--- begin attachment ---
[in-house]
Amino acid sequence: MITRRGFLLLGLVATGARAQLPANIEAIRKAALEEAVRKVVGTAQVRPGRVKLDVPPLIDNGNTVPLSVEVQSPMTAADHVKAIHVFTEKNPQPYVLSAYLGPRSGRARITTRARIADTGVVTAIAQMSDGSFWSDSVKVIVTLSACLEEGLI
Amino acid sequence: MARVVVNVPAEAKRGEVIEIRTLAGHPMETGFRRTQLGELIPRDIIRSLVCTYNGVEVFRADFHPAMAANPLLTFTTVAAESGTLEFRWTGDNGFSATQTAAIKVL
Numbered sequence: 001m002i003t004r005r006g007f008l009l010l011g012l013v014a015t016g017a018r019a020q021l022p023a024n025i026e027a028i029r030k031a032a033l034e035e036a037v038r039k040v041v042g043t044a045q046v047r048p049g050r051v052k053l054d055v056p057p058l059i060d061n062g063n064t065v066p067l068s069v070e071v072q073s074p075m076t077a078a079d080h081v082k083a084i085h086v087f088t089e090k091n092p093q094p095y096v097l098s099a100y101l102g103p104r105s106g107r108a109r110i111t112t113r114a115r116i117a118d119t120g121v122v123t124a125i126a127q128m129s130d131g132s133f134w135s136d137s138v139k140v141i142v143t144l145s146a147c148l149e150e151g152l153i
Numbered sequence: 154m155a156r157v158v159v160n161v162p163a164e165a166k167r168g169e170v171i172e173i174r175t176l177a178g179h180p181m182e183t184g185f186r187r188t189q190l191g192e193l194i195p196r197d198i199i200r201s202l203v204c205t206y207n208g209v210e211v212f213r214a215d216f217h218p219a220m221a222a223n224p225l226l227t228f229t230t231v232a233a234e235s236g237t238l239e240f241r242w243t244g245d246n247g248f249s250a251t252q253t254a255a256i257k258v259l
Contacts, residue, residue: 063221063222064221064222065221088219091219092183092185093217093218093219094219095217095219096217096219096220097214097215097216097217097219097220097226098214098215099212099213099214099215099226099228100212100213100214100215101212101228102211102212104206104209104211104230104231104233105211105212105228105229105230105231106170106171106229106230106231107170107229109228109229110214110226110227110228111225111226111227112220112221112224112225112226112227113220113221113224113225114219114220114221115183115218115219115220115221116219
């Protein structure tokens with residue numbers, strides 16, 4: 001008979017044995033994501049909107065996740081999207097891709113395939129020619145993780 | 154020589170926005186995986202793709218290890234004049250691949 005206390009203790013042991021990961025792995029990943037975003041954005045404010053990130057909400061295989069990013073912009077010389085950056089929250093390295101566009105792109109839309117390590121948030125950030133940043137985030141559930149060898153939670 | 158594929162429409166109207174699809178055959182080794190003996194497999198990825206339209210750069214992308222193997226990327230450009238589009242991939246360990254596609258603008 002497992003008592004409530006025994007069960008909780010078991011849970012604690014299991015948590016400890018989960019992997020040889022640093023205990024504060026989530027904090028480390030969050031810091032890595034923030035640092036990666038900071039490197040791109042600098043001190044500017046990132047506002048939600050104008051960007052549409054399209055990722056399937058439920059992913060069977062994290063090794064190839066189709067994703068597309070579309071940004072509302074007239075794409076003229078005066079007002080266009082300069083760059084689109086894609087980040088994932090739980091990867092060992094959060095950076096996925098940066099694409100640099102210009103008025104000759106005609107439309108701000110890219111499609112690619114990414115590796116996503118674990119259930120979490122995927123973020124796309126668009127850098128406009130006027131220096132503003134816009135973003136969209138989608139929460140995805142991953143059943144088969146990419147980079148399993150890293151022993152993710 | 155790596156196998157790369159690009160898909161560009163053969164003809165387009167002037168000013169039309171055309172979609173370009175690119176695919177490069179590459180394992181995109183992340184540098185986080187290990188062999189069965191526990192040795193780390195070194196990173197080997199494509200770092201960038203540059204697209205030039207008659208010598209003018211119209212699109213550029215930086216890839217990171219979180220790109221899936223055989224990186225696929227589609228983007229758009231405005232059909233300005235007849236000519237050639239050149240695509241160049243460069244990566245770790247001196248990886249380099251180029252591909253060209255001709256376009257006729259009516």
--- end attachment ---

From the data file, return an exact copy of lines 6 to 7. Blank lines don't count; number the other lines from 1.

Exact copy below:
Contacts, residue, residue: 063221063222064221064222065221088219091219092183092185093217093218093219094219095217095219096217096219096220097214097215097216097217097219097220097226098214098215099212099213099214099215099226099228100212100213100214100215101212101228102211102212104206104209104211104230104231104233105211105212105228105229105230105231106170106171106229106230106231107170107229109228109229110214110226110227110228111225111226111227112220112221112224112225112226112227113220113221113224113225114219114220114221115183115218115219115220115221116219
């Protein structure tokens with residue numbers, strides 16, 4: 001008979017044995033994501049909107065996740081999207097891709113395939129020619145993780 | 154020589170926005186995986202793709218290890234004049250691949 005206390009203790013042991021990961025792995029990943037975003041954005045404010053990130057909400061295989069990013073912009077010389085950056089929250093390295101566009105792109109839309117390590121948030125950030133940043137985030141559930149060898153939670 | 158594929162429409166109207174699809178055959182080794190003996194497999198990825206339209210750069214992308222193997226990327230450009238589009242991939246360990254596609258603008 002497992003008592004409530006025994007069960008909780010078991011849970012604690014299991015948590016400890018989960019992997020040889022640093023205990024504060026989530027904090028480390030969050031810091032890595034923030035640092036990666038900071039490197040791109042600098043001190044500017046990132047506002048939600050104008051960007052549409054399209055990722056399937058439920059992913060069977062994290063090794064190839066189709067994703068597309070579309071940004072509302074007239075794409076003229078005066079007002080266009082300069083760059084689109086894609087980040088994932090739980091990867092060992094959060095950076096996925098940066099694409100640099102210009103008025104000759106005609107439309108701000110890219111499609112690619114990414115590796116996503118674990119259930120979490122995927123973020124796309126668009127850098128406009130006027131220096132503003134816009135973003136969209138989608139929460140995805142991953143059943144088969146990419147980079148399993150890293151022993152993710 | 155790596156196998157790369159690009160898909161560009163053969164003809165387009167002037168000013169039309171055309172979609173370009175690119176695919177490069179590459180394992181995109183992340184540098185986080187290990188062999189069965191526990192040795193780390195070194196990173197080997199494509200770092201960038203540059204697209205030039207008659208010598209003018211119209212699109213550029215930086216890839217990171219979180220790109221899936223055989224990186225696929227589609228983007229758009231405005232059909233300005235007849236000519237050639239050149240695509241160049243460069244990566245770790247001196248990886249380099251180029252591909253060209255001709256376009257006729259009516």